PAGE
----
user posted image
...but he's also shocking!

Dewy has a meager amount of health at the beginning of the game, but by collecting health shards he can slowly build his health gauge up to ten droplets of water. This is great for tougher enemies who can get the best of you in battle, and quite frankly you might need all ten droplets of health and then some. The camera is fixed in position in all levels which can sometimes cause loss of health from falling into a chasm because the depth perception was a little tricky. Also, controlling Dewy himself is occasionally like controlling a stick of butter on a hot skillet-- you'll lose health not because an enemy beat you up but because you keep falling off the level. Thankfully, falling off a level isn't instant death-- it just makes you lose some health.

user posted image
From lush grasslands...

There are a total of eight worlds to explore from grasslands to ice to volcanoes to ancient temples. Each world has its own theme, Eaus, puzzles, and challenges to complete. There are four acts in each world concluding with a boss battle at the end of the four acts. Boss battles are quite fun and require you to use the right form of Dewy at the right time to defeat them. One boss requires you to turn into Ice Dewy to reflect the icy blocks the boss sends out back at it to damage the defensive ring surrounding it. Once the ring is down, you'll need to transform to Mist Dewy to create a rainbow beam to attack the frozen boss directly. The boss battles are intuitive, and later ones are quite a challenge without feeling cheap simultaneously.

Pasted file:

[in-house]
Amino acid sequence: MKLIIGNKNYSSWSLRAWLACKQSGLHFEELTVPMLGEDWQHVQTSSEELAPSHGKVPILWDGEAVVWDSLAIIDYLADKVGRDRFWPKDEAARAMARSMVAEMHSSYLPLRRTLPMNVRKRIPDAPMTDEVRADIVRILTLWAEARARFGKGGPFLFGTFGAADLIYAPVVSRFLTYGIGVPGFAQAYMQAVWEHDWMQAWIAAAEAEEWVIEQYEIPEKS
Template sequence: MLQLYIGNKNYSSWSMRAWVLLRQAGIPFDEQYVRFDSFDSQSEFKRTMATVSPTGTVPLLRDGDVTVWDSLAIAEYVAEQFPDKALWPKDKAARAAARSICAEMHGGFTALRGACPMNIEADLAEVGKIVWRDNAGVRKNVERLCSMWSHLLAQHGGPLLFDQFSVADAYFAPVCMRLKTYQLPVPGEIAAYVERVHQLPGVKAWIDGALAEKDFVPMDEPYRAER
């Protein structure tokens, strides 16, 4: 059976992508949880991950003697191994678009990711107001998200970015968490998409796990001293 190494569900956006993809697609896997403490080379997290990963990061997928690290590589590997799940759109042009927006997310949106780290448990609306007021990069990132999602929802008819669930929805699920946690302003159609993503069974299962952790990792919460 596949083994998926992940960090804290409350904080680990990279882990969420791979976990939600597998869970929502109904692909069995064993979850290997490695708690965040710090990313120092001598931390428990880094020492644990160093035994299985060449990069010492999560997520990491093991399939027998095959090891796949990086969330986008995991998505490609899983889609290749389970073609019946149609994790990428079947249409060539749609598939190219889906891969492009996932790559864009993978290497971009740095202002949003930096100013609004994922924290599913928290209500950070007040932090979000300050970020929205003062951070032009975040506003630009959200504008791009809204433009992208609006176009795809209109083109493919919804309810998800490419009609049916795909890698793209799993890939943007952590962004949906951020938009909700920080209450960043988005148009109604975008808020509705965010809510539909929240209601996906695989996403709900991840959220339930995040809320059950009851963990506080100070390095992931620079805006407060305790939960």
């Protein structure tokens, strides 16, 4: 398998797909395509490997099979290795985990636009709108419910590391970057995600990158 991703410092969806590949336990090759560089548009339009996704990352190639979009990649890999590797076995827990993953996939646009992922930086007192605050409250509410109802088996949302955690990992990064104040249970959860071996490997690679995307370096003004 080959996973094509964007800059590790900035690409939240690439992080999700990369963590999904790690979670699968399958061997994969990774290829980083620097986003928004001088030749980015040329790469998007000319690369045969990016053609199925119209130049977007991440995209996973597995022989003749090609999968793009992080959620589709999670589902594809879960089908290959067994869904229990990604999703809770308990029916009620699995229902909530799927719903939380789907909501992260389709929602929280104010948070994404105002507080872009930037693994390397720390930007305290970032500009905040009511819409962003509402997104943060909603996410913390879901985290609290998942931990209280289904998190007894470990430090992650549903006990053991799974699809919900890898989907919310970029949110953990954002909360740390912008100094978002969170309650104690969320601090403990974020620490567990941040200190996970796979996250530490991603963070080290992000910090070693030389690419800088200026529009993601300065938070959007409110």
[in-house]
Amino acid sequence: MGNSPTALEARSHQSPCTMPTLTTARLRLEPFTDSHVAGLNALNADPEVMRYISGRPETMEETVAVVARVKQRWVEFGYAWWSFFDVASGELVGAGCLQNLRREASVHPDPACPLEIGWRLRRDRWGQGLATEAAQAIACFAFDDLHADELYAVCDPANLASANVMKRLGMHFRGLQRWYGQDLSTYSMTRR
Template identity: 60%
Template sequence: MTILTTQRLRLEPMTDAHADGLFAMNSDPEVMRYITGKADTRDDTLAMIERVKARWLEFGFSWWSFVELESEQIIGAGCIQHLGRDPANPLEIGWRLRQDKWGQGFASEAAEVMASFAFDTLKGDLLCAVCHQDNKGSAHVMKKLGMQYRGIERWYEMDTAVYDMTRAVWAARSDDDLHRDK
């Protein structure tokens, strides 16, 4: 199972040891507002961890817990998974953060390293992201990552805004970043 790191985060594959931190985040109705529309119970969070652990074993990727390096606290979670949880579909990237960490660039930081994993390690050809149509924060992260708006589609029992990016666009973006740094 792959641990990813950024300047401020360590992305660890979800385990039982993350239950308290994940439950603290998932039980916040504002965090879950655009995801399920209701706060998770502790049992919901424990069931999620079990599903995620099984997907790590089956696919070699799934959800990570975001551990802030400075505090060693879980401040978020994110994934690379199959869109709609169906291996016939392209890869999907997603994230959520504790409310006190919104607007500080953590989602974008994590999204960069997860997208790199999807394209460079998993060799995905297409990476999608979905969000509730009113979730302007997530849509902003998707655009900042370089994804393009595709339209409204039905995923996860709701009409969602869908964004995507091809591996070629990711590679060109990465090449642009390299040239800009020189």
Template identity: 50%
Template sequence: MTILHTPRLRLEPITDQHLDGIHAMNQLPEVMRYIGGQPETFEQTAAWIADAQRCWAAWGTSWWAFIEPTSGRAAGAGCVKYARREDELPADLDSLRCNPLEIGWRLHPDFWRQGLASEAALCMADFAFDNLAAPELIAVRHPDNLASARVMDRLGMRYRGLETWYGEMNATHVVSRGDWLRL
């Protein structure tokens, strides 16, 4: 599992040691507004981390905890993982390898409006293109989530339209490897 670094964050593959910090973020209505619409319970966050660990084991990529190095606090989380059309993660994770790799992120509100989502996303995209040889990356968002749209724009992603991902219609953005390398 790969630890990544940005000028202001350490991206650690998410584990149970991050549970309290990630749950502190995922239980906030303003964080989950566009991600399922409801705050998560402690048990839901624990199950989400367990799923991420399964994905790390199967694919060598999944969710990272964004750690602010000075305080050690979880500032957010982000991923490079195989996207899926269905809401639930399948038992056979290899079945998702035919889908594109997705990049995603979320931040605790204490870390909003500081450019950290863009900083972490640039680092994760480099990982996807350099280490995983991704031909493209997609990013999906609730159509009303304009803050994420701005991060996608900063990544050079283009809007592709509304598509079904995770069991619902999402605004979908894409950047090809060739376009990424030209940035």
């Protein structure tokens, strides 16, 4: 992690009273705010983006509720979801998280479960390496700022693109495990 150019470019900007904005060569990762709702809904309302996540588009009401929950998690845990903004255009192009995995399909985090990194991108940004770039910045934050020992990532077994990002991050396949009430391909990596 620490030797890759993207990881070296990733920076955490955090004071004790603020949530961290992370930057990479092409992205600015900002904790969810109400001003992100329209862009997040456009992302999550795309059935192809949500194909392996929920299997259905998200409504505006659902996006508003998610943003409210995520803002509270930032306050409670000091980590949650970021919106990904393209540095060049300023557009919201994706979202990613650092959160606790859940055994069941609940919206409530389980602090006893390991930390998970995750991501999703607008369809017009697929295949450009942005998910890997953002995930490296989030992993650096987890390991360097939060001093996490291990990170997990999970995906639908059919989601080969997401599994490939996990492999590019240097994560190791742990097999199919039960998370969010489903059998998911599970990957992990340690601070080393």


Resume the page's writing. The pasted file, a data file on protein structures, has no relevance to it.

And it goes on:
user posted image ancient ruins!

If you get bored with the single-player mode, there's also local multi-player to contend with. In this mode you play with others on a small map either gathering stars, defeating enemies, or completing a multi-player stage as fast as possible. Additionally you can even create your own multi-player maps filled with whatever enemies you desire, and then send them to folks on your Wii friends list who also own a copy of the game. This concept isn't new as Elebits had it, but it's quite welcome to add even more longevity to the title.

From the colorful worlds to the cheery characters and sappy story, the game might be TOO cutesy for the average gamer. It's really odd, too, and this is where another problem presents itself. The game feels way too cute for adults, but it's way too challenging for children. The developer doesn't really have a demographic that they're trying to appeal to, so it seems like this title was set to not sell well as the only type of people I feel who would enjoy this game are the hardcore set-- and even then it still might be sweet for them to swallow. Regardless, the worlds are beautiful to look at, and Dewy himself is shiny and modeled quite well. The game has loads of humor as well as evident in the various tips screens that roll in between acts.

user posted image
This boss requires you to deflect her shots into her.